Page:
Andrey Armyagov | Dreamstime
CNC milling machine.

Machine Tool Orders Reverse Downward Trend

Oct. 10, 2022
Manufacturers booked $460.7 million worth of manufacturing technology equipment in the latest report, the highest total since Q1 – but long lead-times and a potential economic slowdown threaten sustained order activity in the months ahead.

U.S. machine shops and other manufacturers halted a four-month slide in new orders during August, booking a total of $460.7 million worth of CNC machinery, 16.3% more than the July total. The new total is -14.5% less than the August 2021 figure however, and brings the year-to-date total for machine tool new orders to $3.69 billion, 5.3% higher than last year’s January-August order value.

AMT – the Assn. for Manufacturing Technology tracks machine tool orders in its monthly U.S. Manufacturing Technology Orders report, recapping nationwide and regional data for sales of metal-cutting and metal-forming and -fabricating machinery. The USMTO report serves as a forward-looking indicator of overall manufacturing activity, as machine shops and other manufacturers make capital investments in preparation for demand expected in the weeks and months ahead.

Machine tool orders ended 2021 with strong totals, but started 2022 with less impressive results. The current year’s monthly orders peaked in March at $551.8 million, and then fell in each successive month until August.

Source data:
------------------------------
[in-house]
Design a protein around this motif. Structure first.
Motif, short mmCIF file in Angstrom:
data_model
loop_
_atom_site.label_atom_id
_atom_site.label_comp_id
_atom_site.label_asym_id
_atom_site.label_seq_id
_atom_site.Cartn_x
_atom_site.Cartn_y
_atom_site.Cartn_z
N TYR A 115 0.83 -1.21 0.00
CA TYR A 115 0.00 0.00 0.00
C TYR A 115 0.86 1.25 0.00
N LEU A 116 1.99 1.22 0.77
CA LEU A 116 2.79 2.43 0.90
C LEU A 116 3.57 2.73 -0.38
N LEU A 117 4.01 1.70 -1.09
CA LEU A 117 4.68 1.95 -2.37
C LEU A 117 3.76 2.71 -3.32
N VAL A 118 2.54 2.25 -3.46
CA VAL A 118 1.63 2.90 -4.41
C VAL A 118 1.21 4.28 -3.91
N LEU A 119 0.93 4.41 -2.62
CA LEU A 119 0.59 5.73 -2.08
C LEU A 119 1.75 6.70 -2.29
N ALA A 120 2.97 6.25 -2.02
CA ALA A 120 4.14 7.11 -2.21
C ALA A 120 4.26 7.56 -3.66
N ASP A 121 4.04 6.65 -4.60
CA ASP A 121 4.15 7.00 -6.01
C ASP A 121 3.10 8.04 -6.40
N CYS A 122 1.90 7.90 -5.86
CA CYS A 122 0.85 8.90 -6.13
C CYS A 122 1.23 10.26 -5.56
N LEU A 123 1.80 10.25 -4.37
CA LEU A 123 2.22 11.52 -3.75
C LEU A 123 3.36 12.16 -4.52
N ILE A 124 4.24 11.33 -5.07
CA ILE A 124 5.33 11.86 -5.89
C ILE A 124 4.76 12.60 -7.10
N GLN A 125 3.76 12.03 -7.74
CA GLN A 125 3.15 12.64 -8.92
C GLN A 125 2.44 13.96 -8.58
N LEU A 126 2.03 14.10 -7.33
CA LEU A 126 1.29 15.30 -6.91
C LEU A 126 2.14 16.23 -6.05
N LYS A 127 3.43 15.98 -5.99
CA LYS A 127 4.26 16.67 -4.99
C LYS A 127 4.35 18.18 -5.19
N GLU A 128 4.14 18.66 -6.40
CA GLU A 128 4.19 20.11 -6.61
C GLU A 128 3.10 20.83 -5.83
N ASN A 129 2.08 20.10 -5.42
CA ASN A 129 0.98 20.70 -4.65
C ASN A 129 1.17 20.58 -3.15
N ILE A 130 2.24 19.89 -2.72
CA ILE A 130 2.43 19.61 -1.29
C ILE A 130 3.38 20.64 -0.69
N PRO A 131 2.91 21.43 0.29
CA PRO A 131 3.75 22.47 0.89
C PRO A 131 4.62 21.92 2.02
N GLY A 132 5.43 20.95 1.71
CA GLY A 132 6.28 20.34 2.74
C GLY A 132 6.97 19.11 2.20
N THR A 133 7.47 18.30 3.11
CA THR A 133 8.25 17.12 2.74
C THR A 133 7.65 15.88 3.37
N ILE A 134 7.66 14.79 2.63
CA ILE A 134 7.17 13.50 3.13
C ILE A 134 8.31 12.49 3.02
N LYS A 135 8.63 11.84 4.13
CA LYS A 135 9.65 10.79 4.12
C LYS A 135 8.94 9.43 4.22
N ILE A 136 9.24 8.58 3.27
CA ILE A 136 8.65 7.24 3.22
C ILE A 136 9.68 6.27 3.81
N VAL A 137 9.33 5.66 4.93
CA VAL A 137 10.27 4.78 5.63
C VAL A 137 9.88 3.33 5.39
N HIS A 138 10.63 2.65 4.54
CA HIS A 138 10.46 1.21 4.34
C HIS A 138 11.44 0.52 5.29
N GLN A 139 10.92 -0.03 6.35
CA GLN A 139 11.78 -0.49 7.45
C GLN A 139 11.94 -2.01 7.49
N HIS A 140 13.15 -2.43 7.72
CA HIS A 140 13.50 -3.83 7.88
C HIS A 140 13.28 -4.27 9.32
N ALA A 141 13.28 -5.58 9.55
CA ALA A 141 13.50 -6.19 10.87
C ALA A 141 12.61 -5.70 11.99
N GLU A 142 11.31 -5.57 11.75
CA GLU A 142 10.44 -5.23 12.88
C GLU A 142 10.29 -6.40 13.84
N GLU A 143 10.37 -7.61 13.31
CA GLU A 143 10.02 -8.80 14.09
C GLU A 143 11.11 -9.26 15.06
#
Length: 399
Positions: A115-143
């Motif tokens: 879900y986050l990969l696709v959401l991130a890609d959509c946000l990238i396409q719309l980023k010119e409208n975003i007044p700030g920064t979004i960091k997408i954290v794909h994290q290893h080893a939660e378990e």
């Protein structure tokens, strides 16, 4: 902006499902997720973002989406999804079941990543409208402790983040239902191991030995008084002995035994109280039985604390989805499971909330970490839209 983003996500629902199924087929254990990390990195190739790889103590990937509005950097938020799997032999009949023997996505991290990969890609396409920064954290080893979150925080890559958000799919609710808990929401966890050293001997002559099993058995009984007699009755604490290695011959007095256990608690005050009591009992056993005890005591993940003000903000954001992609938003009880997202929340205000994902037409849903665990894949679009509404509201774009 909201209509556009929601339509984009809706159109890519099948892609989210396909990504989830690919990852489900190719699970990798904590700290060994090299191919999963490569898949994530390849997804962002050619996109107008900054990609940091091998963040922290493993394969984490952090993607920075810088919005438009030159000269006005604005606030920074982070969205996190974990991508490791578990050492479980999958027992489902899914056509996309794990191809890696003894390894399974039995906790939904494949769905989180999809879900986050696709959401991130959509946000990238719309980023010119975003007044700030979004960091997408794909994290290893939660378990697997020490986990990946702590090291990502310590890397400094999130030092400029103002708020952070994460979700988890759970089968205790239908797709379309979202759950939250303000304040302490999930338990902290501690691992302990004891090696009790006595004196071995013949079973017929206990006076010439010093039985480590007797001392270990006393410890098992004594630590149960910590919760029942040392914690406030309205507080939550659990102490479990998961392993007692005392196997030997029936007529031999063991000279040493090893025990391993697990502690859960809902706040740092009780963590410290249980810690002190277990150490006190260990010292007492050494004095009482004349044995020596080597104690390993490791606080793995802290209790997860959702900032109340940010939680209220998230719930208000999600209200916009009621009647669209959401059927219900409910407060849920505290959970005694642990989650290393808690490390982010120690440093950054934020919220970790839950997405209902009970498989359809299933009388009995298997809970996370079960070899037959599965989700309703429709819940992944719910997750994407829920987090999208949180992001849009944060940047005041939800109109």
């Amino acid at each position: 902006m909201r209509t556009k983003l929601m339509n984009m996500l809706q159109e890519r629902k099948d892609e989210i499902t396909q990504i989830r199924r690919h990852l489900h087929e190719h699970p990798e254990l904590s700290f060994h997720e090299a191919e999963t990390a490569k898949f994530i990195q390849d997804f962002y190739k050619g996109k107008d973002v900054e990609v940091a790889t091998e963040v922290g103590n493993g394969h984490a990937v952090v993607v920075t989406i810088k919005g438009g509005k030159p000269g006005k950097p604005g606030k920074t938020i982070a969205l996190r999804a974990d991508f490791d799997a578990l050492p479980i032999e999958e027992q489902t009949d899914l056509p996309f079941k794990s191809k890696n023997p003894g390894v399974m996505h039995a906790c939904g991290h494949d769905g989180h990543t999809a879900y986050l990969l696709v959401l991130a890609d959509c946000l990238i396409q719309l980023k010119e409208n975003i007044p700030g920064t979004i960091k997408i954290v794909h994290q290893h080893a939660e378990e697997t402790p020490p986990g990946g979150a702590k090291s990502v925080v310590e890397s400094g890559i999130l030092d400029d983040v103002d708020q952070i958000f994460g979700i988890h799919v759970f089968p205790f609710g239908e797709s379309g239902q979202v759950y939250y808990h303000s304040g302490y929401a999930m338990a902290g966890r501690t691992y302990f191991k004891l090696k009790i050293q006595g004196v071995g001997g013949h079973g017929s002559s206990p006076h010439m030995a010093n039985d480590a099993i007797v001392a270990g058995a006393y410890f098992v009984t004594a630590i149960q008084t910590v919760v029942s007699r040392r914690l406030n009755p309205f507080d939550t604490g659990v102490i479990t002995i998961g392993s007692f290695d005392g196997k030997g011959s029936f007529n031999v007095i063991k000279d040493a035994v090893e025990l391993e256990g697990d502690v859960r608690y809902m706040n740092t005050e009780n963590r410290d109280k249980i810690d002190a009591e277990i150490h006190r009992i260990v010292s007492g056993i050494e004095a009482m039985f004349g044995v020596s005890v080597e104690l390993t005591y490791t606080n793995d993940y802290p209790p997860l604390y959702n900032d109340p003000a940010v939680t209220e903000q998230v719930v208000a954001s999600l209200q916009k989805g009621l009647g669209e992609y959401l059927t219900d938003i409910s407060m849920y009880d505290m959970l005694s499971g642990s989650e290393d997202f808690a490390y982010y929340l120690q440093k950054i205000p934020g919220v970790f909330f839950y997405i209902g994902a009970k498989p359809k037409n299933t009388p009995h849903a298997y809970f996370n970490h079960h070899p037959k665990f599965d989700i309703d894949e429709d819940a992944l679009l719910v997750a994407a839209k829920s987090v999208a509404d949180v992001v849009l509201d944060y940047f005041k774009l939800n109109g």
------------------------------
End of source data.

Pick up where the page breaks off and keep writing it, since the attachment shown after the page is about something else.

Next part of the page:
“This is the first increase since March 2022 and the highest order level since April,” observed AMT’s chief knowledge officer Pat McGibbon. “As we pointed out in the last release, July and August are typically slower, particularly in the months prior to IMTS in Chicago, the largest manufacturing technology show in the Americas. This increase in order activity was unexpected. While orders are returning to the typical seasonal patterns we expect, they are doing so at a very elevated level.”

The September USMTO report is expected to include strong order volume recorded during IMTS 2022, held September 12-17.

“Given the success of 2021, I would have expected it to take IMTS to bring the year-over-year numbers back to positive, but finishing August over 5% above last year really bodes well for a stronger-than-expected end to the year,” McGibbon added.

The August regional results for metal-cutting machine orders were positive in all cases, but strongest in the North Central-West (up 54.0% from July), West (+25.9) and South Central (+20.6%). Only the South Central (+15.0%) and North Central-East (+2.5%) regions year-over-year improvements, and each of the other four regions showed double-digit decreases in order value from August 2021.

YTD order volumes for metal-cutting machines were strongest in the South Central (+32.6%) and Southeast (+22.9%) regions, and decreased in the Northeast (-3.1%) and North Central-West (-6.7%).

“Despite the positive signs, the last quarter of the year will present a challenge for the industry,” McGibbon said. “Easing of supply-chain pressures is not happening symmetrically. Inventories of durable goods components have been increasing steadily since September 2020, while certain supply bottlenecks are holding up the delivery of machines already ordered.

“We haven’t begun to see any significant increase in cancellations, but long lead-times coupled with a potential economic slowdown could pose a threat to sustained order activity in the last quarter of 2022 and into the first half of 2023," he concluded.

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